Cirencester Amphitheatre
Cirencester Amphitheatre
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Cirencester, Roman Corinium Dobunnorum, was the second largest city in Roman Britain. Set on the edge of the Cotswold Hills, by the fourth century the city had become the capital of the rich province of Britannia Prima. The wealth of the hinterland of Roman Cirencester is demonstrated by the largest concentration of villas known in Roman Britain, many of which have produced some of the finest mosaics found in the country.

This study day will explore the visible remains of Roman Cirencester and the nearby palatial villa at Chedworth. In Cirencester we will see part of the city wall and the amphitheatre followed by a visit to the Corinium Museum. The museum houses one of the finest collections of Roman material in western Britain and includes fine sculpture, inscriptions and mosaics. Highlights include the tombstone of Genialis, a cavalryman from the Balkans who was buried in Cirencester in the first century AD and the recently discovered tombstone of a local woman called Bodica. Mosaics include an ‘Orpheus’ pavement featuring a parade of exotic animals and a near complete floor with a central panel depicting a crouching hare.  

In the afternoon we move on to the great villa at Chedworth. Set at the end of a beautiful wooded valley the site was one of the largest villas in the Cirencester area. Discovered in the nineteenth century, two ranges of the villa are displayed and include many fine mosaics, two bath-houses and a nymphaeum. Recent investigations here have produced important evidence for the laying of a new mosaic around AD425, the latest known from Roman Britain.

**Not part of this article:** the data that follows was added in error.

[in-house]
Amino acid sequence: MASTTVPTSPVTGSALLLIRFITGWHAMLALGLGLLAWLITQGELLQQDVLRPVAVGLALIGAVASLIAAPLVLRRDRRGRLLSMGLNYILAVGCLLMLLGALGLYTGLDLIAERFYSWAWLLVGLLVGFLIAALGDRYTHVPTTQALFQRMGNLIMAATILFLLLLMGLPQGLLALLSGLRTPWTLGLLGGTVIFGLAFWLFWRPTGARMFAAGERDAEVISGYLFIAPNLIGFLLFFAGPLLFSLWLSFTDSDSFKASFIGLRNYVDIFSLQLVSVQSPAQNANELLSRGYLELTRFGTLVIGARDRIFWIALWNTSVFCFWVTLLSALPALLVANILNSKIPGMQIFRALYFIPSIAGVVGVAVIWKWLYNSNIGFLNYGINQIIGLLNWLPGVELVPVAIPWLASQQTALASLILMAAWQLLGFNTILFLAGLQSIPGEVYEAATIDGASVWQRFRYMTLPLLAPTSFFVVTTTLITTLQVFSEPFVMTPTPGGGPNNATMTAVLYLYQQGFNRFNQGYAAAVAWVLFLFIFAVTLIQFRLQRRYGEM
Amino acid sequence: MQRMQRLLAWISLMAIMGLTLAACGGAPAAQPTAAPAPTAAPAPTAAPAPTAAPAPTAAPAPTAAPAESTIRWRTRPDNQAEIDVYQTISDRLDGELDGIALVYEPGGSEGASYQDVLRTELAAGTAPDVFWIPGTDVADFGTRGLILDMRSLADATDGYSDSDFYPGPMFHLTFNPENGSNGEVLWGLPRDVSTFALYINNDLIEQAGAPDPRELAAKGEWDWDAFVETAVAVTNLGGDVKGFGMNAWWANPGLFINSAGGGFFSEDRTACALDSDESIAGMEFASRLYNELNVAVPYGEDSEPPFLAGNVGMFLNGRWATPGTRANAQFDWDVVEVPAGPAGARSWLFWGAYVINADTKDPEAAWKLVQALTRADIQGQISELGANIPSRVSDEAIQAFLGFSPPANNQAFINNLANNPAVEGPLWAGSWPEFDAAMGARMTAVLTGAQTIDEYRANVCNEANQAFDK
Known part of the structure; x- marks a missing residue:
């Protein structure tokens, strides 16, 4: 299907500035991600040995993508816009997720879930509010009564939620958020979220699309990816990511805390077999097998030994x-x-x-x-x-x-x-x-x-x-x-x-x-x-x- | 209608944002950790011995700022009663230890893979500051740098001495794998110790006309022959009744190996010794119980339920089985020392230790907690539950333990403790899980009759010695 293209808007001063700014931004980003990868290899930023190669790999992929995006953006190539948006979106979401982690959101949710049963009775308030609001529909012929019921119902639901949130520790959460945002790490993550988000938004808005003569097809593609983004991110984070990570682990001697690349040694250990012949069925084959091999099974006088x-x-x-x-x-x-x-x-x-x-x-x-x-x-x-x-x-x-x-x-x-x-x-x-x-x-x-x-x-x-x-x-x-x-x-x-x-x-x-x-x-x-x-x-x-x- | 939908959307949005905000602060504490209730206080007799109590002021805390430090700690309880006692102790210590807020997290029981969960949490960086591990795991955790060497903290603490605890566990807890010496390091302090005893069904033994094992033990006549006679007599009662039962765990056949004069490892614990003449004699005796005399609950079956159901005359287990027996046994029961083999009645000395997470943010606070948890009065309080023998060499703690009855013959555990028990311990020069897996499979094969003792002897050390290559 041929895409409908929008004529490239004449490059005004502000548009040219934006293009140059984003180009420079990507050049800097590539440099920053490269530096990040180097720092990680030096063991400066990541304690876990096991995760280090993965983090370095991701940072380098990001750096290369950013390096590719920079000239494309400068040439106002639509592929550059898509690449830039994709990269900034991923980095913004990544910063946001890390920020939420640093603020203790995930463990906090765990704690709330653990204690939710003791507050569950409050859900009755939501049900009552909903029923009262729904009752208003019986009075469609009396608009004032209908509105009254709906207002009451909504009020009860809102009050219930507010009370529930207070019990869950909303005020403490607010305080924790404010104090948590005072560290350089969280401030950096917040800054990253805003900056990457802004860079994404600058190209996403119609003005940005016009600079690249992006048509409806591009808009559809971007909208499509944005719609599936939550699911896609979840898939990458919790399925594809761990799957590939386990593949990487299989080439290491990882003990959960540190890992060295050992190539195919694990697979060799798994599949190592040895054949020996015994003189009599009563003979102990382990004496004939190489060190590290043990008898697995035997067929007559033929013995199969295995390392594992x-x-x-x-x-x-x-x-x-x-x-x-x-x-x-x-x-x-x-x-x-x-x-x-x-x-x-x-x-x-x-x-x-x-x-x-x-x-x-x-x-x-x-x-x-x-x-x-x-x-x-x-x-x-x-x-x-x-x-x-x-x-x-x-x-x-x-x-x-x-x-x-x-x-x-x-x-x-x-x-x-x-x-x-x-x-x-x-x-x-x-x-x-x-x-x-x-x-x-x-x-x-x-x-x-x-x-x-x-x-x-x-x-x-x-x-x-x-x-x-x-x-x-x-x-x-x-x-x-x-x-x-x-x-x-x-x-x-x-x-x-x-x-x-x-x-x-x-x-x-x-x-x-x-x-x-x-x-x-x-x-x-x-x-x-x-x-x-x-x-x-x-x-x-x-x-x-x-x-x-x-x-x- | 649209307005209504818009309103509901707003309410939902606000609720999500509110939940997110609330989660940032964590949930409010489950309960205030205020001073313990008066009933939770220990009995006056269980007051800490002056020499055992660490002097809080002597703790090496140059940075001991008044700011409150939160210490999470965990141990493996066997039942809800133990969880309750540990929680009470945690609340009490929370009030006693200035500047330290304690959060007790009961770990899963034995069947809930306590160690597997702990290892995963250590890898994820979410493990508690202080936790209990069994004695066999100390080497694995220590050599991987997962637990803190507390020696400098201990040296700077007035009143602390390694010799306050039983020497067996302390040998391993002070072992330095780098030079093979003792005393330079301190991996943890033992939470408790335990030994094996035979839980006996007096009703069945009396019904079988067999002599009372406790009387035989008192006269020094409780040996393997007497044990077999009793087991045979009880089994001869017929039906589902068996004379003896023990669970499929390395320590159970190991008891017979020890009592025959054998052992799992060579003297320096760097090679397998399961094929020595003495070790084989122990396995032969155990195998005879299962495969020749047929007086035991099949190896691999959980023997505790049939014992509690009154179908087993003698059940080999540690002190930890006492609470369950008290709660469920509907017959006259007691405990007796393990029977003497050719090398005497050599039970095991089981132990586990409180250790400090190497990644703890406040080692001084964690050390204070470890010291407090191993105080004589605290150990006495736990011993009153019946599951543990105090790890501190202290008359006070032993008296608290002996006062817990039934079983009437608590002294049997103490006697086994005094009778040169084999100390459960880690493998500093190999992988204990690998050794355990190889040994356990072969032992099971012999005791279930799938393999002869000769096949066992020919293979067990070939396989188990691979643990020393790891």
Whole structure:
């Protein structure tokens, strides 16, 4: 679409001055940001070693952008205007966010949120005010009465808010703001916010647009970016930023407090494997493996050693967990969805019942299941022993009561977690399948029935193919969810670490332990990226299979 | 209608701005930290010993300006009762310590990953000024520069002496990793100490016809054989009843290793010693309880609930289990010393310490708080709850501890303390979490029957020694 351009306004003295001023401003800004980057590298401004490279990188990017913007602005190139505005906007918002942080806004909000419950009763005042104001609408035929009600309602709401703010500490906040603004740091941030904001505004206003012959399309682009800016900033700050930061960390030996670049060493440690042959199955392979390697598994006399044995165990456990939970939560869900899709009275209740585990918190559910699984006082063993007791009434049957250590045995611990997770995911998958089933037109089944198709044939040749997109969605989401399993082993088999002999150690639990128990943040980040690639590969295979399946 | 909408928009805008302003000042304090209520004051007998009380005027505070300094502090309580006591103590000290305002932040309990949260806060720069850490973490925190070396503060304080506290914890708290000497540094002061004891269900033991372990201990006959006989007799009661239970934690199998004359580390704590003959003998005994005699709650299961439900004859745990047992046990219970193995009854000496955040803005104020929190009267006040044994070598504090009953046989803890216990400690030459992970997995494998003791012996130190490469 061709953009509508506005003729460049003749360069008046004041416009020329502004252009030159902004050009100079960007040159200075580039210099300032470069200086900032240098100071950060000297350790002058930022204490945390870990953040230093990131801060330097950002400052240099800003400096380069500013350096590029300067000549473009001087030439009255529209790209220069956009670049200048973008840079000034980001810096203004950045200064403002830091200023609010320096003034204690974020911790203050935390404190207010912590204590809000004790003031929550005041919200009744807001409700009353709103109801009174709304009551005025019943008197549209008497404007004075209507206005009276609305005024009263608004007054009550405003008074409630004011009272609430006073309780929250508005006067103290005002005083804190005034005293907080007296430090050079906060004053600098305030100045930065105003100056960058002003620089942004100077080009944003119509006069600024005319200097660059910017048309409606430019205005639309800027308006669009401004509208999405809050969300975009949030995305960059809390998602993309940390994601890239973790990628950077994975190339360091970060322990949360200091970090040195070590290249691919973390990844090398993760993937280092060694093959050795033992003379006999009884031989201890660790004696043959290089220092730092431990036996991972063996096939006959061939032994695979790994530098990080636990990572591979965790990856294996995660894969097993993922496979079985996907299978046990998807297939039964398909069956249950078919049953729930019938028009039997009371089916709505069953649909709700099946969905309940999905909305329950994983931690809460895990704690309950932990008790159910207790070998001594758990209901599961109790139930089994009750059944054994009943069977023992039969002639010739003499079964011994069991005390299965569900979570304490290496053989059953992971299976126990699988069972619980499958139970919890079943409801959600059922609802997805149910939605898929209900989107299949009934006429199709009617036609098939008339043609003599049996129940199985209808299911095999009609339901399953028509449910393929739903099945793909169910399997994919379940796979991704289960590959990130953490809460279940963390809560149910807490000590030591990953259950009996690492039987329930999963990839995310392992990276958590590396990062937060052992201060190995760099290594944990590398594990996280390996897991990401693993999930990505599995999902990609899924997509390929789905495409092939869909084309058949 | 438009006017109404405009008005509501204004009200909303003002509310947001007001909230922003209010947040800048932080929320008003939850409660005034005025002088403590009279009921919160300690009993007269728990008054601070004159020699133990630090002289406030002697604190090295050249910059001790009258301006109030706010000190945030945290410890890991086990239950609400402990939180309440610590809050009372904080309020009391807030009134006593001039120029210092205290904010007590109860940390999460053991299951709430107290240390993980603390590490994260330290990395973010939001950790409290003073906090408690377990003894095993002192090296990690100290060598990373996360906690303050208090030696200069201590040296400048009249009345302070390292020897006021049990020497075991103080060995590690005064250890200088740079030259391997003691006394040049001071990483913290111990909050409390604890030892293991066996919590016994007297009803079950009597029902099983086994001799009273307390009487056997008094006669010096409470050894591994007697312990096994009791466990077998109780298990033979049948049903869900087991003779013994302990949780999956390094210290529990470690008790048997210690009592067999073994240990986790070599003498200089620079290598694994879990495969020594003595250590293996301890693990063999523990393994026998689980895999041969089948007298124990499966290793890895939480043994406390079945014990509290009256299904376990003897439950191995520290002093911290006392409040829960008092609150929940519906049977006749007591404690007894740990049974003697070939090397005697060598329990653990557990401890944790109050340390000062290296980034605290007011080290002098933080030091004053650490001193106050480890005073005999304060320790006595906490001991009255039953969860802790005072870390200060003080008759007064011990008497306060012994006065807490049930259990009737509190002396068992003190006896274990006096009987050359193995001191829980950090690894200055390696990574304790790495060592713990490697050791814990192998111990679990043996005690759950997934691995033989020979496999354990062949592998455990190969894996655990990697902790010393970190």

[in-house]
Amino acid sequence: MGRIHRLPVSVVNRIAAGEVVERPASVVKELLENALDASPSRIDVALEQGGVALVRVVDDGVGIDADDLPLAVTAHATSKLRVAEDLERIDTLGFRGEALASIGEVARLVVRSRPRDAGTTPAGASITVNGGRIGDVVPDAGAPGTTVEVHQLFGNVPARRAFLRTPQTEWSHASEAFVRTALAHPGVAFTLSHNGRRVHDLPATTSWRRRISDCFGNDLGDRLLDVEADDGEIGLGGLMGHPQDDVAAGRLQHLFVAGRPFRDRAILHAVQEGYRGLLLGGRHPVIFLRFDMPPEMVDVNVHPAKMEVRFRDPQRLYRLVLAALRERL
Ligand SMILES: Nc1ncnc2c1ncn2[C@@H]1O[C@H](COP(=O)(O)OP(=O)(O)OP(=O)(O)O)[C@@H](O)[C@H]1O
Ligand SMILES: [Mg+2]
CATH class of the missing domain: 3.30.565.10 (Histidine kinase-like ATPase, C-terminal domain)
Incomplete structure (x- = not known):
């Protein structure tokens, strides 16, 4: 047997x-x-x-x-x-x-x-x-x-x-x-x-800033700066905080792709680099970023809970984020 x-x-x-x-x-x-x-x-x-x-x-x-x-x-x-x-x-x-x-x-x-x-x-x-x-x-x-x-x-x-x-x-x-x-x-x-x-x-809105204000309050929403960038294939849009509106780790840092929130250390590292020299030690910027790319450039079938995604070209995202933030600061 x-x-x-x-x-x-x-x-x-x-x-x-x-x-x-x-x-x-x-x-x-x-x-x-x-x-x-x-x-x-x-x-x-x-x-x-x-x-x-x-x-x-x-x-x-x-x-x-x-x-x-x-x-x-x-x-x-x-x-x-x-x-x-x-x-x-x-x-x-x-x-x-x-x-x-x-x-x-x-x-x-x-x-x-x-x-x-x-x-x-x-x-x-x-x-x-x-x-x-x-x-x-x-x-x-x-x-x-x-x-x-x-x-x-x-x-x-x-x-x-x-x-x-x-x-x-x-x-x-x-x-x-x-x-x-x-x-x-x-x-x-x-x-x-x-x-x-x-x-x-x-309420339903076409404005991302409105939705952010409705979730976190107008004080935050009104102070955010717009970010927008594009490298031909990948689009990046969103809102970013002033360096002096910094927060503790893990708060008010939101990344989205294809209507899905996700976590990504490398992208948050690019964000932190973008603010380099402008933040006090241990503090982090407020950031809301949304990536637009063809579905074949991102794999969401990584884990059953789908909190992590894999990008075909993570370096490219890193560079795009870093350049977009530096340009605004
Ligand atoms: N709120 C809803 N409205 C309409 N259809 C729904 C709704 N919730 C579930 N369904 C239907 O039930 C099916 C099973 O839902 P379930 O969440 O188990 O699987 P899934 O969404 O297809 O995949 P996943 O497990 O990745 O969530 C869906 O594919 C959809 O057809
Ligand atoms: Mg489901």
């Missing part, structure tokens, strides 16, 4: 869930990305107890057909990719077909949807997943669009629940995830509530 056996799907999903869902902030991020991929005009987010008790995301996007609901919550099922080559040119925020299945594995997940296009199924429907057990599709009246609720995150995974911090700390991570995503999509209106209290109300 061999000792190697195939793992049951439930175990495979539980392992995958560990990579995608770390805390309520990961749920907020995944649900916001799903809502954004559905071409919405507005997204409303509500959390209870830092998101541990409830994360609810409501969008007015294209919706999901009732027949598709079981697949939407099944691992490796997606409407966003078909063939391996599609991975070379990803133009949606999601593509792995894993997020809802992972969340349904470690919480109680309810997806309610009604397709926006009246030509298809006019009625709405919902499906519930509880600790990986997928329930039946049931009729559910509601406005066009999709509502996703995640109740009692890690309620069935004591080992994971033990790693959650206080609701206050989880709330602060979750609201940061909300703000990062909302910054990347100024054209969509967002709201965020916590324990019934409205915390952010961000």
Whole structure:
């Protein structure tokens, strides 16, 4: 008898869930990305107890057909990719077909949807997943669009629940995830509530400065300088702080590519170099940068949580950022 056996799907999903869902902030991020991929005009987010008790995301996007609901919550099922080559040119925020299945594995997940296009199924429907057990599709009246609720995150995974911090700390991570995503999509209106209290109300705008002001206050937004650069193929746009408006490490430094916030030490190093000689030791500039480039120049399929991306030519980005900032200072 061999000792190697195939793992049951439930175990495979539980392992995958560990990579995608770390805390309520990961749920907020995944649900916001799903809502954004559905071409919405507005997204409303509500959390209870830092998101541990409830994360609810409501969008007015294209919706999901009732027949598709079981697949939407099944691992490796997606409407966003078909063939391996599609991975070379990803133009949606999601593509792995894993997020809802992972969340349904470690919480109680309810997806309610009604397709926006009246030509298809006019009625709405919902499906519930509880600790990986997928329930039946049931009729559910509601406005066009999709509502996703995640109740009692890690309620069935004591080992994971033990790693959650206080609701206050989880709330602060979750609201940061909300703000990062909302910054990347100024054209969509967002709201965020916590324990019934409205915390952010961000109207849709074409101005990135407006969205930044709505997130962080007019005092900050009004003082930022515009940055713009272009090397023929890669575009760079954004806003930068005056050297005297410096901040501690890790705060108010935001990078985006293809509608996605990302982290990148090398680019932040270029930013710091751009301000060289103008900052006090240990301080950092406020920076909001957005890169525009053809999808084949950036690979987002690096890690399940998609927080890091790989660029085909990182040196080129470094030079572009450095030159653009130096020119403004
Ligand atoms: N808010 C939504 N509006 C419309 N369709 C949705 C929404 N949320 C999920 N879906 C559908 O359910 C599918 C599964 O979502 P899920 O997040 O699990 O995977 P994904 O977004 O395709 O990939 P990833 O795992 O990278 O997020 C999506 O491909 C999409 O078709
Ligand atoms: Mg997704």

Tour highlights:

  • The Corinium Museum houses many items from Roman Cirencester. Amongst the highlights are the ‘Cirencester Acrostic’, a Roman word square that reads the same forwards as backwards and is one of only 11 known.
  • Among the many fine mosaics in the collection is a fourth century floor depicting a crouching hare which once adorned the dining room floor of a large town house. The Hare design is unique in Britain.
  • In the fourth century Cirencester became the capital of the province of Britannia Prima which covered much of south western Britain. This remarkable inscription records the restoration of a monument by the Governor (titled ‘Rector’) Septimius.
  • This magnificent enamelled bronze cockerel was discovered in 2011 and had been placed a child’s grave dated to the second century. It was probably made in Gaul.
  • The collections feature many pieces of fine Roman sculpture. Recently added to the display is a magnificent second century tombstone discovered in 2015 which records a woman named Bodicacia who died aged 27.

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